Interview with Sandra Bernklau, Representative of UNFPA Cambodia
- 10 March, 2023
- Posted by: EuroCham Cambodia
This week, we spoke with Sandra Bernklau, Representative of the United Nations Population Fund (UNFPA) Cambodia. This week, Sandra joined EuroCham in celebrating International Women's Day by speaking on a panel at our Afternoon Talk on Gender Equality on 6 March. Sandra is an expert in the field of gender equality, wth extensive experience working in the sector in Fiji and the Pacific.
EuroCham: You arrived in Cambodia August last year to take the role of Representative of the United Nations Population Fund (UNFPA) in Cambodia, after working in Fiji and the Pacific on similar issues for many years. What inspired you to come to Cambodia and what are some issues that need to be addressed?
Sandra: Cambodia is fascinating for so many reasons and my family and I were ready excited to move here. There are a lot of progressive policies here – including in the area that UNFPA works on sexual reproductive health and rights. However gender equality still has some barriers , so I take that as a challenge. After working in gender equality for decades, I’m still very passionate about it and I believe it’s holding countries back. Gender equality is not about getting women ahead; gender inequality holds everyone back. In every place in the world that I have worked, it’s often that harmful social norms can contribute to gender inequality. Gender inequality exists throughout the world, but there are unique challenges in each country that are ingrained in a society’s value system and culture.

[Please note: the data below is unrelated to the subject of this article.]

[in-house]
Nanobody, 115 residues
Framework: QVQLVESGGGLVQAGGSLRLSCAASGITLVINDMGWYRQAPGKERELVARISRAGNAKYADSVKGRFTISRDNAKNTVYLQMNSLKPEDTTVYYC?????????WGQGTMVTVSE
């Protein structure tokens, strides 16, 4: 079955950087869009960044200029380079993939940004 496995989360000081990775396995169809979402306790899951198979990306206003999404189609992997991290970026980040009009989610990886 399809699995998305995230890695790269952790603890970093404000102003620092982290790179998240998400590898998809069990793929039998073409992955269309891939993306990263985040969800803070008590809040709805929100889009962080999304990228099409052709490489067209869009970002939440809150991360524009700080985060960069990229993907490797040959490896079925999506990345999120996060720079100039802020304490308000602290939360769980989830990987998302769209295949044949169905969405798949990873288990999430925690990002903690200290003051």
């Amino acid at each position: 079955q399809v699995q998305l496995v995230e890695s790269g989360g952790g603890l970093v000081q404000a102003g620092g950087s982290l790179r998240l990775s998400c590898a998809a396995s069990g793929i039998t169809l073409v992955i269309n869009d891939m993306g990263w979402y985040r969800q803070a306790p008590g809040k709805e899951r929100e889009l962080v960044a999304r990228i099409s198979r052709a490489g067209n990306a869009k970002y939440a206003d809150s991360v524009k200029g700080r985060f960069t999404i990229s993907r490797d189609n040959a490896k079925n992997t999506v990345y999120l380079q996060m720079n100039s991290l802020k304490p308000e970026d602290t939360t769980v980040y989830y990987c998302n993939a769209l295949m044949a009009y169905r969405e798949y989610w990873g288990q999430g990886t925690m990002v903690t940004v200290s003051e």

In Cambodia, you’ve got very specific roles for men and women. Until recently, these were even taught in schools, and it helped to really engrain gender norms – some positive and some not so positive. Changing the harmful social norms is a long term approach that requires having many conversations unpacking how we can change the harmful social norms, and keep the good ones that are so beneficial to Cambodian culture. It’s necessary to work with local leaders, the media, the government, religious and faith-based leaders, we need to work at all levels to help solve the issue and I’m really looking forward to having those conversations here in Cambodia.